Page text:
De­plorable, Amer­i­can and re­deemable

Baltimore Sun - - COMMENTARY - By Tri­cia Bishop Tri­cia Bishop is The Sun’s deputy ed­i­to­rial page edi­tor; her col­umn runs ev­ery other Fri­day. Her email is tri­cia.bishop@balt­sun.com; Twit­ter: @tri­cia­bishop.

Colin Pow­ell’s leaked emails caused a fuss this week for stat­ing the ob­vi­ous about Don­ald Trump and Hil­lary Clin­ton. He’s a “na­tional dis­grace” who buoys “racist” plots, Mr. Pow­ell wrote, and ev­ery­thing she “touches, she kind of screws up with hubris.”

If his­tory is a guide, Mr. Trump likely did some­thing 10 min­utes ago to re­in­force Mr. Pow­ell’s char­ac­ter­i­za­tion. But Ms. Clin­ton’s lat­est haughty in­frac­tion came a week ago, when, speak­ing at a fundraiser, she put half of Mr. Trump’s sup­port­ers — mil­lions of peo­ple — into what she calls a “bas­ket of de­plorables” made up of “the racist, sex­ist, ho­mo­pho­bic, xeno­pho­bic, Is­lam­o­pho­bic, you name it.”

Un­sur­pris­ingly, po­lit­i­cal pun­dits glee­fully seized upon this state­ment, which, aside from be­ing some­what true and largely ridicu­lous (why, on earth, a “bas­ket”?), has also spawned a cot­tage in­dus­try of cam­paign keep­sakes: It’s now em­bla­zoned, and for sale, on T-shirts, mugs, bumper stick­ers, posters, and, I’m sure some­where, an ac­tual bas­ket.

But this is not the state­ment Ms. Clin­ton made that day that should trou­ble you, es­pe­cially when put into the con­text of what she said af­ter­ward: that the other “bas­ket” is full of dis­en­fran­chised folks who feel let down and left out by their gov­ern­ment. “Those are peo­ple we have to un­der­stand and em­pathize with,” she said.

No, the dis­turb­ing part was when she said such de­plorables “are ir­re­deemable, but thank­fully they are not Amer­ica.”

I beg to dif­fer — on each claim. Let’s start with the lat­ter.

The im­age of Amer­ica as an op­por­tu­nityand idea-rich coun­try that al­ways cele- brates dif­fer­ence of opin­ion, cul­ture and ap­pear­ance may be the ideal, but it has rarely been the re­al­ity any­where but on cer­tain col­lege cam­puses dur­ing cer­tain brief mo­ments in time. And ev­ery­body but us seems to know it.

Re­sults re­leased this sum­mer from a Pew Re­search Cen­ter sur­vey of 16 coun­tries in­clud­ing the U.S. show that while Amer­i­cans like to think of our­selves as tol­er­ant (65 per­cent of us say we are), most other coun­tries sur­veyed — ar­guably the more ob­jec­tive ob­servers — say we aren’t. The out­siders (which in­clude Canada, four Asia Pa­cific na­tions and 10 Euro­pean coun­tries) do see us as op­ti­mistic and hard­work­ing (and so do we), but the ma­jor­ity also con­sider us to be ar­ro­gant, and a good many see us as greedy and vi­o­lent to boot — per­haps even de­plorable.

So, while the coun­try has in­deed been great for some peo­ple some of the time, it’s never been great for all of us (see: black Amer­i­cans); nor have we been great for it. And in the cur­rent car­toon ver­sion of Amer­ica in which we’re liv­ing — where peo­ple are ar­gu­ing over whether black lives mat­ter and a racist-boost­ing re­al­ity show star could in­herit the White House from its first black commander in chief — it seems likely we won’t reach “darn good,” much less “great,” any time soon.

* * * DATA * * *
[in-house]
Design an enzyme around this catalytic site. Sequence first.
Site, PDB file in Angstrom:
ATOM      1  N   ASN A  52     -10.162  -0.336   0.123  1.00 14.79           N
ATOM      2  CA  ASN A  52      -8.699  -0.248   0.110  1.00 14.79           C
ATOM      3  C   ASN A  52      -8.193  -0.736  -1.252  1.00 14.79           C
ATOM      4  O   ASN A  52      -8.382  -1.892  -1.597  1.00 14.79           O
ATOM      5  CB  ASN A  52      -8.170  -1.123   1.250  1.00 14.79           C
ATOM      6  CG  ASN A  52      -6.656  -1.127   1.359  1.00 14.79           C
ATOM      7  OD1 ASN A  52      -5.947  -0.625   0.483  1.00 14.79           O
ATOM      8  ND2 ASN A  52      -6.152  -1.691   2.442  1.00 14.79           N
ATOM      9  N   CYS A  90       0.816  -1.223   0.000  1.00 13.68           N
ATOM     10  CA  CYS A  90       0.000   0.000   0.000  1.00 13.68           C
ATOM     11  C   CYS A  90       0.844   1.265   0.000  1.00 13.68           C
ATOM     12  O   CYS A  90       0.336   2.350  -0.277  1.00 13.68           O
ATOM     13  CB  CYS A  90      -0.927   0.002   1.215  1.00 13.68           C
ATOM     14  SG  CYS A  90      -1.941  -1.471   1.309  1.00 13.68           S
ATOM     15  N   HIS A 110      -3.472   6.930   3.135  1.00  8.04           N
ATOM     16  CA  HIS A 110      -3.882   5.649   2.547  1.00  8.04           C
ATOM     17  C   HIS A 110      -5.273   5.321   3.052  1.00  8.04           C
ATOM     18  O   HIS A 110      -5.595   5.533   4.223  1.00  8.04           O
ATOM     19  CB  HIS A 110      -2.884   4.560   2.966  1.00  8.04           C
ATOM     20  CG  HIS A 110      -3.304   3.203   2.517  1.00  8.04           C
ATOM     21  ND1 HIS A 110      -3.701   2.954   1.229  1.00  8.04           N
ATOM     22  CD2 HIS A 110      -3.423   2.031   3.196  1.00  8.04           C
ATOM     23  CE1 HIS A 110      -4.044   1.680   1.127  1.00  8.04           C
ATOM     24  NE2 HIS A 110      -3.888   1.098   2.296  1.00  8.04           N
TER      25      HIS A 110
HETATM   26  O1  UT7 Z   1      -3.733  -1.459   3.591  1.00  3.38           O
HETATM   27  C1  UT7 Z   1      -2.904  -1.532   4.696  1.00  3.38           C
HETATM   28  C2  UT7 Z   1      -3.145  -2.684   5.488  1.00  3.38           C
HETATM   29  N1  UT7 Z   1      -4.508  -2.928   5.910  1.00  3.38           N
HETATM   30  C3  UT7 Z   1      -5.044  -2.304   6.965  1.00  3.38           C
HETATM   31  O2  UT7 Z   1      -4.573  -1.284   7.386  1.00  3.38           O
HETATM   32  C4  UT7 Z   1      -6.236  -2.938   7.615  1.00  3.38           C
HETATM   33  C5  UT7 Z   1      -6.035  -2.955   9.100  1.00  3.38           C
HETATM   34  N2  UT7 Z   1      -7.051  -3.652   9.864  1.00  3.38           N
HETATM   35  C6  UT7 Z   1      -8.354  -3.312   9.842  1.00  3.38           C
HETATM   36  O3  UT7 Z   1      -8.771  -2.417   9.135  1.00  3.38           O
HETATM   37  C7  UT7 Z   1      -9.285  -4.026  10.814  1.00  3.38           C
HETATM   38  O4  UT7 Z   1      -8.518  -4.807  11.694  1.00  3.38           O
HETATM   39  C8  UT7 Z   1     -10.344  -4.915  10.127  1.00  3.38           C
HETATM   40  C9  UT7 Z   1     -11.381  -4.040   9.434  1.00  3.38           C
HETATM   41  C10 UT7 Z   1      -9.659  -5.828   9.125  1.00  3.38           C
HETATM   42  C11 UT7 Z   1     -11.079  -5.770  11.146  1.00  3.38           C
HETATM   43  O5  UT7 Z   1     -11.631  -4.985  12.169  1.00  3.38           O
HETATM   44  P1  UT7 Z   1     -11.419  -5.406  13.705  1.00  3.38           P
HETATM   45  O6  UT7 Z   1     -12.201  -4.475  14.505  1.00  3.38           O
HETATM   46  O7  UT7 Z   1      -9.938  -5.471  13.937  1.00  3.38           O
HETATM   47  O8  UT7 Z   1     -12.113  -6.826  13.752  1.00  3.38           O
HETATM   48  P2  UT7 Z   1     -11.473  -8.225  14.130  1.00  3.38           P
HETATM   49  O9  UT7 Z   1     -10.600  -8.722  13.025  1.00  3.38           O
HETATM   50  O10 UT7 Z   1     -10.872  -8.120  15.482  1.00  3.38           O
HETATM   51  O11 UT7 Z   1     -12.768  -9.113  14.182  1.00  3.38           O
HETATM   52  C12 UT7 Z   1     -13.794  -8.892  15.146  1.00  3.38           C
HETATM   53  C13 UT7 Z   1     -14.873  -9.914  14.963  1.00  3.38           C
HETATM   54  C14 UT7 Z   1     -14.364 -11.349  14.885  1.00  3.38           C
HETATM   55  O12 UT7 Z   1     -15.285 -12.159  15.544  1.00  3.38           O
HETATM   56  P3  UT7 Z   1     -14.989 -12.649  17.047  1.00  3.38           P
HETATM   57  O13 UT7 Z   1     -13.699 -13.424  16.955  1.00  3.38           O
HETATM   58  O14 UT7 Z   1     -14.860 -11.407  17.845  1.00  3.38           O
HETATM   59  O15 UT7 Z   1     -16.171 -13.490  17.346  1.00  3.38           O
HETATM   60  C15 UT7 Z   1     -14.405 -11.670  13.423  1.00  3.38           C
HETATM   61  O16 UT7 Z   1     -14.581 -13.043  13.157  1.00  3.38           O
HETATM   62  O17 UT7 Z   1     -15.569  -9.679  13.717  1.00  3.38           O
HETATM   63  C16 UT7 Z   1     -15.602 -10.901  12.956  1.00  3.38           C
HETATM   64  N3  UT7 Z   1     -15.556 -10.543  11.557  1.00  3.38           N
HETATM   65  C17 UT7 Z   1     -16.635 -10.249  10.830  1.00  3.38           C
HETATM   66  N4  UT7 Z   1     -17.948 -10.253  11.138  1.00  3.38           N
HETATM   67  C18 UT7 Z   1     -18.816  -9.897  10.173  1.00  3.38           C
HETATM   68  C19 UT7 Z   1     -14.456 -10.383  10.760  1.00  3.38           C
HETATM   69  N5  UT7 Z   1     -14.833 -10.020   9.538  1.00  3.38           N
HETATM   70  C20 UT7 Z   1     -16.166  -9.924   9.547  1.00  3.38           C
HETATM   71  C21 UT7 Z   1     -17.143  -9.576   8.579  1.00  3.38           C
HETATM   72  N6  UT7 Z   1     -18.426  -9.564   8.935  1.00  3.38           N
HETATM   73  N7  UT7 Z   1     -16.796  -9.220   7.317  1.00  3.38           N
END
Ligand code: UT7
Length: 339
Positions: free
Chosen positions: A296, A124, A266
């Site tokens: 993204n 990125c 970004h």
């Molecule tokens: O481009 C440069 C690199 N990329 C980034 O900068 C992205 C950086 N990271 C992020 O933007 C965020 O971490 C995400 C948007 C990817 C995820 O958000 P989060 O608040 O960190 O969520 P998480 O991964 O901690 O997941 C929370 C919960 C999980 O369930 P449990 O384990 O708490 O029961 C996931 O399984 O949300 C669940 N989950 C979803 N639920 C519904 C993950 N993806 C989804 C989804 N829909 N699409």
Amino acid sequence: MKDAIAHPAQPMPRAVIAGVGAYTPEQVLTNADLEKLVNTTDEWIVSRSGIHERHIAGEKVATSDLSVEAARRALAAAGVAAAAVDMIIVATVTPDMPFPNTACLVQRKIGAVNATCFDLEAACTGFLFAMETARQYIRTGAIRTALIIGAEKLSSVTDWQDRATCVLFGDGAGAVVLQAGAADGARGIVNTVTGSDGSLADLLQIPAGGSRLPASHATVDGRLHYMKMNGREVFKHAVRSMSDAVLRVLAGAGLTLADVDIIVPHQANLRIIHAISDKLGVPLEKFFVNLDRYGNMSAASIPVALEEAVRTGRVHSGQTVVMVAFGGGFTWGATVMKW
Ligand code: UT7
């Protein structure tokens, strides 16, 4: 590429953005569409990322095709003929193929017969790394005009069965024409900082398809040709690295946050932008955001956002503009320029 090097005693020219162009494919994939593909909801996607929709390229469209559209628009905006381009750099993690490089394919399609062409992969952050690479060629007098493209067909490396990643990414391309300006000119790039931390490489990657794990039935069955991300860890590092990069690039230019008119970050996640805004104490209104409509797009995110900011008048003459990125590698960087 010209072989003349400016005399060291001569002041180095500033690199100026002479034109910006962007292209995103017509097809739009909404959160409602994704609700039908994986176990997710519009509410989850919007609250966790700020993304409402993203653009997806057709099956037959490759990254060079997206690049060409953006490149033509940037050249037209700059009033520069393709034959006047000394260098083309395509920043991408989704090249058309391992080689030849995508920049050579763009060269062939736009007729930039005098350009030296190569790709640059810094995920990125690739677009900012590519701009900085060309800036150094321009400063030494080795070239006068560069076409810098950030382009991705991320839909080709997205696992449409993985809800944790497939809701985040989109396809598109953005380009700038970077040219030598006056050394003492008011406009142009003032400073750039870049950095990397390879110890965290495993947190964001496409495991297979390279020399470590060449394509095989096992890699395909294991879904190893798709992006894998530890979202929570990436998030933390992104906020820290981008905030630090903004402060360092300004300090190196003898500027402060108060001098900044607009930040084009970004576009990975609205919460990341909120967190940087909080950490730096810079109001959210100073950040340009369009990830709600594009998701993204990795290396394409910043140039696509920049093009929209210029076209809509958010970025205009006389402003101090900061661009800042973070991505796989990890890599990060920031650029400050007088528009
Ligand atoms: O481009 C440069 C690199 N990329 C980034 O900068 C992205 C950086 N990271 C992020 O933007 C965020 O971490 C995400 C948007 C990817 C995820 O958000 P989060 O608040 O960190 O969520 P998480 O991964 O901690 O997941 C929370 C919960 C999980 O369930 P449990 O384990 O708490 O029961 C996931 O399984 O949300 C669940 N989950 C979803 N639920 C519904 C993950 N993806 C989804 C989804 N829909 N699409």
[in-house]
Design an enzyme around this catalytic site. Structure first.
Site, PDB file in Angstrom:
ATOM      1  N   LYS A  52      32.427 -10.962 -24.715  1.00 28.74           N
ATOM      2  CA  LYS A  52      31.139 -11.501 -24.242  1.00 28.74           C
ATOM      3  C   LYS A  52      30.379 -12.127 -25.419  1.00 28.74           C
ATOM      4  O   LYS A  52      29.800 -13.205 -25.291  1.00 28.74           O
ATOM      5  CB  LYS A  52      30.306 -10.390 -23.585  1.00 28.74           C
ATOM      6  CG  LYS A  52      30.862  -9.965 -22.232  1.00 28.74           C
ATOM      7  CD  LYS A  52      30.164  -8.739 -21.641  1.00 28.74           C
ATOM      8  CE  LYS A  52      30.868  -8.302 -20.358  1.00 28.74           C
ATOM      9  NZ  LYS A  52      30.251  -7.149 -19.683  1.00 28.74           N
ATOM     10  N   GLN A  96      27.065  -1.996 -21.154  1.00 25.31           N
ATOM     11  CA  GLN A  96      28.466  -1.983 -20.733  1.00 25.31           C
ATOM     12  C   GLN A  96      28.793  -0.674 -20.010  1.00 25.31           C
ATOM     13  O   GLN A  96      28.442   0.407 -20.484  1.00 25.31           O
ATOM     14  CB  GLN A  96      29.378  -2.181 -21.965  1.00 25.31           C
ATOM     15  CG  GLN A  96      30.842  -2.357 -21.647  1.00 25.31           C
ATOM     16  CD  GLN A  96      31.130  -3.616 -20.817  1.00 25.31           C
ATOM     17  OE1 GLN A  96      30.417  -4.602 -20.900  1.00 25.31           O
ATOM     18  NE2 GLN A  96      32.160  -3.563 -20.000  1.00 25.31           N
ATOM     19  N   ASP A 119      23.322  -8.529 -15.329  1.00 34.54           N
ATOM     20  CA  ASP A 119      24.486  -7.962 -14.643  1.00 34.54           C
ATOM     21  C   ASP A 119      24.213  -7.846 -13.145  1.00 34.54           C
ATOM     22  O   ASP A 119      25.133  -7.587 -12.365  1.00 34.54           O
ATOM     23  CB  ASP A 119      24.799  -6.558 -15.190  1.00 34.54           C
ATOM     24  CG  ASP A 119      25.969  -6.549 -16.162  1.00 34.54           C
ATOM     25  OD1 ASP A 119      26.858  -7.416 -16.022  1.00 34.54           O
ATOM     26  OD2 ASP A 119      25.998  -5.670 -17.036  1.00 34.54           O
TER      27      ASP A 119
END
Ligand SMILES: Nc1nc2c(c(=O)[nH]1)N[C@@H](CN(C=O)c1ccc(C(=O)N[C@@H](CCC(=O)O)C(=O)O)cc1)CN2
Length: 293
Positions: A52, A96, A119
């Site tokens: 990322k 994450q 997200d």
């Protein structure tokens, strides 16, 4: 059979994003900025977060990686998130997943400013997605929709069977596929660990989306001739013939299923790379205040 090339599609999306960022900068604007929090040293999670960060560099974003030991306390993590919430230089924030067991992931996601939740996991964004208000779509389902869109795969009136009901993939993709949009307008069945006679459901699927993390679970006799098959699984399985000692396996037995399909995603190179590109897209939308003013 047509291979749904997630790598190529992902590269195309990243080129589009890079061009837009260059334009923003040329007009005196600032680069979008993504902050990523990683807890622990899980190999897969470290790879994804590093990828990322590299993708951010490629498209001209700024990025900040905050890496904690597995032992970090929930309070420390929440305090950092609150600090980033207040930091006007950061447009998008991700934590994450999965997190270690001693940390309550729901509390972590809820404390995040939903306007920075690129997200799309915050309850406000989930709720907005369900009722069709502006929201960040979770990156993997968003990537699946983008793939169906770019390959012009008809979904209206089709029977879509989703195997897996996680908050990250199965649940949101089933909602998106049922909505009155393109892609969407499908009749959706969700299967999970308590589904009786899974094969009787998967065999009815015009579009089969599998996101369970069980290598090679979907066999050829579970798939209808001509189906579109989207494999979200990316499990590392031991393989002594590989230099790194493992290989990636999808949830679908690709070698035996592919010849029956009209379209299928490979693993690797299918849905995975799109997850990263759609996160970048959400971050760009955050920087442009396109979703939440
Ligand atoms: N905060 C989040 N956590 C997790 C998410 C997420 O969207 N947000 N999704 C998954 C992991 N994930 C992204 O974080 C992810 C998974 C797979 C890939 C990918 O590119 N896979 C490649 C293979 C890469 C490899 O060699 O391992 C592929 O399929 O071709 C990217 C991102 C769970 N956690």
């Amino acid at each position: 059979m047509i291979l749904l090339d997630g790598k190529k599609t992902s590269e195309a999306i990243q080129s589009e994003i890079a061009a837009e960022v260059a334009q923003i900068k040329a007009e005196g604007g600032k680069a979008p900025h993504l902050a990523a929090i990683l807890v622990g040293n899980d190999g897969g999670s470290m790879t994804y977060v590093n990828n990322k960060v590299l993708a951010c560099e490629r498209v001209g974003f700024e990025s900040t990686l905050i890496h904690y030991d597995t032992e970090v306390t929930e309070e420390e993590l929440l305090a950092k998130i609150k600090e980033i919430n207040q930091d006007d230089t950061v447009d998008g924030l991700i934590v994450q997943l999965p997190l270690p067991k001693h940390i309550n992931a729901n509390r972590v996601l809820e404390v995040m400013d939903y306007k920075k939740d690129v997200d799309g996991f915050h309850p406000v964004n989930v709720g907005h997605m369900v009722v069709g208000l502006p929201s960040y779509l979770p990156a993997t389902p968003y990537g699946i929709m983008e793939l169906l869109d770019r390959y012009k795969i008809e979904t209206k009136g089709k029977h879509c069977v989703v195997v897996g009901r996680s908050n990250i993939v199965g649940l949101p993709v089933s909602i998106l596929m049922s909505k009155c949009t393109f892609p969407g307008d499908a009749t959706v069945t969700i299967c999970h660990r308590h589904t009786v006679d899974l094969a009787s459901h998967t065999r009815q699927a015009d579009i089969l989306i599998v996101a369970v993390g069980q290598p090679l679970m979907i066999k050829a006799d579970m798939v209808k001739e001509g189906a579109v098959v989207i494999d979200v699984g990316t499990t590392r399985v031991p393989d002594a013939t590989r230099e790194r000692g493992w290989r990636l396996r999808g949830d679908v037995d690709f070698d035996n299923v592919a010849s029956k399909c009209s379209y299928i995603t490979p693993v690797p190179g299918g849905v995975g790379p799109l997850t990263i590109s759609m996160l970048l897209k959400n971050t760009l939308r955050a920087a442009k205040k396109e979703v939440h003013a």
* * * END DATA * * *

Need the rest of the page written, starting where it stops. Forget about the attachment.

So yes, “the racist, sex­ist, ho­mo­pho­bic, xeno­pho­bic, Is­lam­o­pho­bic” may be de­plorable, but they are also staunchly part of the Amer­i­can land­scape. Dis­miss­ing them is ei­ther a naive or elit­ist re­sponse, falsely sug­gest­ing you can deny a prob­lem into non-ex­is­tence (al­though, to be fair, this tac­tic seems to have worked for the Clin­tons more times than it should have; see: sex scan­dal, email scan­dal, White­wa­ter scan­dal, pay-for-play scan­dal and so on).

And, whether we like to ad­mit it or not, those Amer­i­cans should be con­sid­ered re­deemable — or at least we, as good lib­er­als, have to em­brace, and work to­ward, the pos­si­bil­ity, even for David Duke. Oth­er­wise, we’re hyp­ocrites, pick­ing and choos­ing our causes based on some­thing other than shared hu­man­ity. If Democrats are too moral to send a death row in­mate to the chair, or a ju­ve­nile mur­derer to life in prison, or to al­low a crim­i­nal record to get in the way of a job in­ter­view be­cause “peo­ple can change,” then they can’t, as a party, write off mil­lions be­cause there’s a Con­fed­er­ate flag hang­ing in the fam­ily truck next to the gun rack.

The Amer­i­can op­ti­mism that 74 per­cent of us be­lieve in won’t stand for it, and the past has time and again be­lied it.

Last week was the 62nd birth­day of Ruby Bridges, who, as a 6-year-old African Amer­i­can child, was put in the ter­ri­fy­ing po­si­tion of be­ing the first to de­seg­re­gate and all-white south­ern school — on her own.

The first-grader marched into Wil­liam Frantz El­e­men­tary School in New Orleans each day past an­gry, vi­o­lent mobs of whites to an empty class­room, be­cause all the other kids had been pulled out by their par­ents. And each day, she stopped and prayed for those grown-ups act­ing like ra­bid an­i­mals: “Please God, try to for­give these peo­ple, be­cause even if they say those bad things, they don’t know what they’re do­ing.”

Even she, a small, brave child, thought her tor­men­tors could be re­deemed. And even­tu­ally — through ed­u­ca­tion, ex­pe­ri­ence and em­pa­thy — some of them were.

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